FatherSon Ventures

Building a Relationship through Adventure

Indy 500

Written By: Scot Butwell - Aug• 09•15

go cart 1

We maintained the lead for six or seven laps. D and I screaming as we circled the figure eight go-cart track, around hairpin turns.

 Sure, our competition was mostly a pack of peach-fuzzed middle school boys and pubescent girls, plus an occasional fellow dad. 

But it still felt as close to the Indy 500 as D and I will ever get before I took my foot off full-throttle, and we were passed by one go-cart after another.

We blew through money in the video arcade. I’ve never owned an X-Box, PS3 or Wii and D’s gaming skills reflect my rarely playing video games.

So this was one of the quickest ways I’ve ever lost $2.95…three or four times in a row…in five minutes in the arcade.

go cart 2

Not that he didn’t love shooting the attacking zombie pirates; he just wasn’t the one calculating the cost each time I swiped my debit card like I was doing.

I thought of the scene from the movie “Pursuit of Happiness” where Will Smith and his son are shooting a basketball on the roof of a building.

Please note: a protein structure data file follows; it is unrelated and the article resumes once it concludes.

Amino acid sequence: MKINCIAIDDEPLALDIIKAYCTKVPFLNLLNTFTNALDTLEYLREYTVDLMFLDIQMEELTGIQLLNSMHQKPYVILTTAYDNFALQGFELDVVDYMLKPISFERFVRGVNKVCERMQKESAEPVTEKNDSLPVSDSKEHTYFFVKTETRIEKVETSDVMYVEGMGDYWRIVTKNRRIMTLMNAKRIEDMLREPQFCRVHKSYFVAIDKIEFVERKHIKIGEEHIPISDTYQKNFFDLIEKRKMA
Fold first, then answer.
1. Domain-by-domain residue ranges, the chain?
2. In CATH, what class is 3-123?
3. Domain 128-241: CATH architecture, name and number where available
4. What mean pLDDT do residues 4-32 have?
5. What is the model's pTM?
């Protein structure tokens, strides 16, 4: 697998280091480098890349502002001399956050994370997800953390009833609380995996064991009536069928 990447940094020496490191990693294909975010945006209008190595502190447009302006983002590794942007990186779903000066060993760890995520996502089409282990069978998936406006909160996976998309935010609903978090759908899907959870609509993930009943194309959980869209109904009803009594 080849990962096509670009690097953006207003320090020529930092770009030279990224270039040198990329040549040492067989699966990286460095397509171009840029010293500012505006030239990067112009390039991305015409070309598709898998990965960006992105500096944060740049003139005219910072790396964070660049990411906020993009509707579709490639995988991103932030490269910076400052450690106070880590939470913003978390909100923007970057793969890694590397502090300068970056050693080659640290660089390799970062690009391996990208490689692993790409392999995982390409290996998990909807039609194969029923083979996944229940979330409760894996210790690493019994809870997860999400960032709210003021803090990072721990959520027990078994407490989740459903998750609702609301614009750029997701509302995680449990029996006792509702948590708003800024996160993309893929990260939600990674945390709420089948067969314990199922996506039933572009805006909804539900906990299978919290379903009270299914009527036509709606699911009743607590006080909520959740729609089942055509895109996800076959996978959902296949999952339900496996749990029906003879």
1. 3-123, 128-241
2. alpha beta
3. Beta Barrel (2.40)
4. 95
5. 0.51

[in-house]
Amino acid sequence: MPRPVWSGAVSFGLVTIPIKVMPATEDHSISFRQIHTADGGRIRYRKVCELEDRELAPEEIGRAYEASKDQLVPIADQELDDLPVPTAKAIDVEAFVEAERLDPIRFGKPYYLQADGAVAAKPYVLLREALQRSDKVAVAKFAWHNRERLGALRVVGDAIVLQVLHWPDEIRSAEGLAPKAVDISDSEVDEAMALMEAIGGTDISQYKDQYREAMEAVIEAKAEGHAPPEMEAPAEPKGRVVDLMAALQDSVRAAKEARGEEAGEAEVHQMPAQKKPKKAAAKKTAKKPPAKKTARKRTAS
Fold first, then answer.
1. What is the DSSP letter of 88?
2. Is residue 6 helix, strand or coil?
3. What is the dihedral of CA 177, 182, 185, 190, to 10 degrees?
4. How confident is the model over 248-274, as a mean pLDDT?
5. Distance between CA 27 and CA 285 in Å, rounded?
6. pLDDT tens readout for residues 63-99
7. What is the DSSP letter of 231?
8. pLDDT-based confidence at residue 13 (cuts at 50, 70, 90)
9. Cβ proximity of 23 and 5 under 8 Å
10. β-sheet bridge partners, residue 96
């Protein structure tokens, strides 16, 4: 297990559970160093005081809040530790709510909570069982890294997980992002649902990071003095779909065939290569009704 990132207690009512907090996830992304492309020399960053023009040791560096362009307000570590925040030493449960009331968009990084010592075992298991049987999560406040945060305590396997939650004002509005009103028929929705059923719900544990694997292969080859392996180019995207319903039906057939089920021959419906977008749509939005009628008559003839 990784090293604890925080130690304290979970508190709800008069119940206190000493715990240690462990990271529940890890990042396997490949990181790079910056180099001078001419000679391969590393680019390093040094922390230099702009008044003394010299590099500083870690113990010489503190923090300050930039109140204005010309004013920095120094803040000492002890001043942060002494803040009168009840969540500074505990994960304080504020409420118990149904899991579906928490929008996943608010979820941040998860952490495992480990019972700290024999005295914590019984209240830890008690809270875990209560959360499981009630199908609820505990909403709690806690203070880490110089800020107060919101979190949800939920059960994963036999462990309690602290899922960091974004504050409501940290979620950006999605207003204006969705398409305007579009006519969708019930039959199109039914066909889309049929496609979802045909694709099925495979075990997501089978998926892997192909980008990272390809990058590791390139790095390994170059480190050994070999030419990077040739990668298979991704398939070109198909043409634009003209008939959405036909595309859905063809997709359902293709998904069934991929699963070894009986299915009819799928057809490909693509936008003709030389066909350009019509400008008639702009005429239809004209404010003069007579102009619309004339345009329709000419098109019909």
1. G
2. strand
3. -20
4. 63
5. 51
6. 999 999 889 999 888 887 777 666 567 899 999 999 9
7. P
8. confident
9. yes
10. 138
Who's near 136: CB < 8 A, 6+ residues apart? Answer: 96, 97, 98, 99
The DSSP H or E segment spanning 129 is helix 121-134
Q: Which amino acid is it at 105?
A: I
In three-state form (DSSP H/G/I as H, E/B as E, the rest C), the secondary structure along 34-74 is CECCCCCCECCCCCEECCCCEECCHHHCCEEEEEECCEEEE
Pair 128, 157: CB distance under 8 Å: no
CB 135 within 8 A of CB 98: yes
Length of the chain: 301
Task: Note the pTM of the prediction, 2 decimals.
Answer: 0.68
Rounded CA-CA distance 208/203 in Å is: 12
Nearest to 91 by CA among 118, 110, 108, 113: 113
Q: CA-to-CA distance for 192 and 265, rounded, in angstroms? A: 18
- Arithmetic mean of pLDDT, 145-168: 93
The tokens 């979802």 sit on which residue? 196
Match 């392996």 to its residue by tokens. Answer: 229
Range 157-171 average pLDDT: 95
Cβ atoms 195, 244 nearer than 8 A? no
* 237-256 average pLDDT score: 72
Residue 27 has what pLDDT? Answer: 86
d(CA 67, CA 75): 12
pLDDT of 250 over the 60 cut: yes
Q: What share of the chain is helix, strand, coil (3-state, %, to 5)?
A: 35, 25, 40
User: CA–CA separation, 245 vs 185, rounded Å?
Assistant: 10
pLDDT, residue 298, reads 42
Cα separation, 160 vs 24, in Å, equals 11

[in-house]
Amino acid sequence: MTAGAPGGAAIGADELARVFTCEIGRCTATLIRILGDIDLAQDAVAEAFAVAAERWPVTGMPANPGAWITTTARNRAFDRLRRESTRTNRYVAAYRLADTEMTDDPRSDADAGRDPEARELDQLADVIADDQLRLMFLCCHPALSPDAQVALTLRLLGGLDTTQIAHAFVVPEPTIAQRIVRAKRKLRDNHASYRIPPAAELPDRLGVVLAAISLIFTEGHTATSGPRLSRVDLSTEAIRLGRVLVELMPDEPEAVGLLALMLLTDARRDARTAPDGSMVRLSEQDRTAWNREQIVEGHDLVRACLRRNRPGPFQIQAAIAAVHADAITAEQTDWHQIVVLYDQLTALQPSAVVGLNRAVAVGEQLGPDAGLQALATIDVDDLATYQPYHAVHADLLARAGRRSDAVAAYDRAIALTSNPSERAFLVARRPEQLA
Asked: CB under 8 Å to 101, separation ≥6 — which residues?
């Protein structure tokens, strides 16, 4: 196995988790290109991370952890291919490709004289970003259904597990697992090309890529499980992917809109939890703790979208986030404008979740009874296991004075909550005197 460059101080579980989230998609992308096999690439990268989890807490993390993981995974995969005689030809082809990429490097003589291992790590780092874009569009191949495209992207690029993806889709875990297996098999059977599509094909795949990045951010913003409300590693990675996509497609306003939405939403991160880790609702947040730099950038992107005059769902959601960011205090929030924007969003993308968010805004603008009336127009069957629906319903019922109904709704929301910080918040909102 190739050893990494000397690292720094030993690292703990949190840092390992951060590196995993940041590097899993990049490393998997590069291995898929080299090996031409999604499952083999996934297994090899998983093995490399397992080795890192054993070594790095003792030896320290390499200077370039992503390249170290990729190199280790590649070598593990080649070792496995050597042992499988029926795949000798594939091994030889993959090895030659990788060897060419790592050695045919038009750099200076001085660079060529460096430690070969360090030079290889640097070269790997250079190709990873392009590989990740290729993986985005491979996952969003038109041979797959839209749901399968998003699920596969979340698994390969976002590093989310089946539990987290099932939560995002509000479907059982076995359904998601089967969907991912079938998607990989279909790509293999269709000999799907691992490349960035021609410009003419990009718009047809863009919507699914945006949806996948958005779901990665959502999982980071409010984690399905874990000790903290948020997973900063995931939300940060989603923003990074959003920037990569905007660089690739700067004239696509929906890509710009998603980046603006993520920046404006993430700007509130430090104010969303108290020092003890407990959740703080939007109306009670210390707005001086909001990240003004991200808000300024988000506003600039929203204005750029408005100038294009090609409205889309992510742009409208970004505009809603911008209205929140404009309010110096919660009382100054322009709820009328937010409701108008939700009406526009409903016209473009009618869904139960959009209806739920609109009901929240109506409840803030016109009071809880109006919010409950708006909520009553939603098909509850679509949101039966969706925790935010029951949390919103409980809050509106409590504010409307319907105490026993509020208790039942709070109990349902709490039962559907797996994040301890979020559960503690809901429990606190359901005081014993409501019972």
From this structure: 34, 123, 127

When his son badly misses a shot, Smith’s character tells his son that he was never any good at basketball, and his son should not expect to be any better.

And then he realizes the mistake he has made and challenges his son to never let anyone–including himself–tell him he can’t do something.

No, I didn’t tell D he would likely never be good at playing video games. But I confess the thought did briefly cross my mind for longer than a moment.

D’s favorite part of the day was taking pictures in the Photo Booth. He was giggling and making silly faces at the alien on the green screen.

So we did it twice at $5 a pop.

Honestly, a teenager could start a class for people like me, teaching them how to play video games and explaining all the buttons on the console.

A few days ago, D played Minecraft at a friend’s house. He had no clue what to do, and neither did I, so I was practically useless to provide assistive to him.

In fact, the game looked pointless and boring to me.

Nevertheless, the Wife and I are considering buying a Wii for us to learn to play video games the way most people do, by actually playing them.

This will hopefully save us a few bucks on our next trip to the video arcade, and it will enable for D to become a more adequate gamer.

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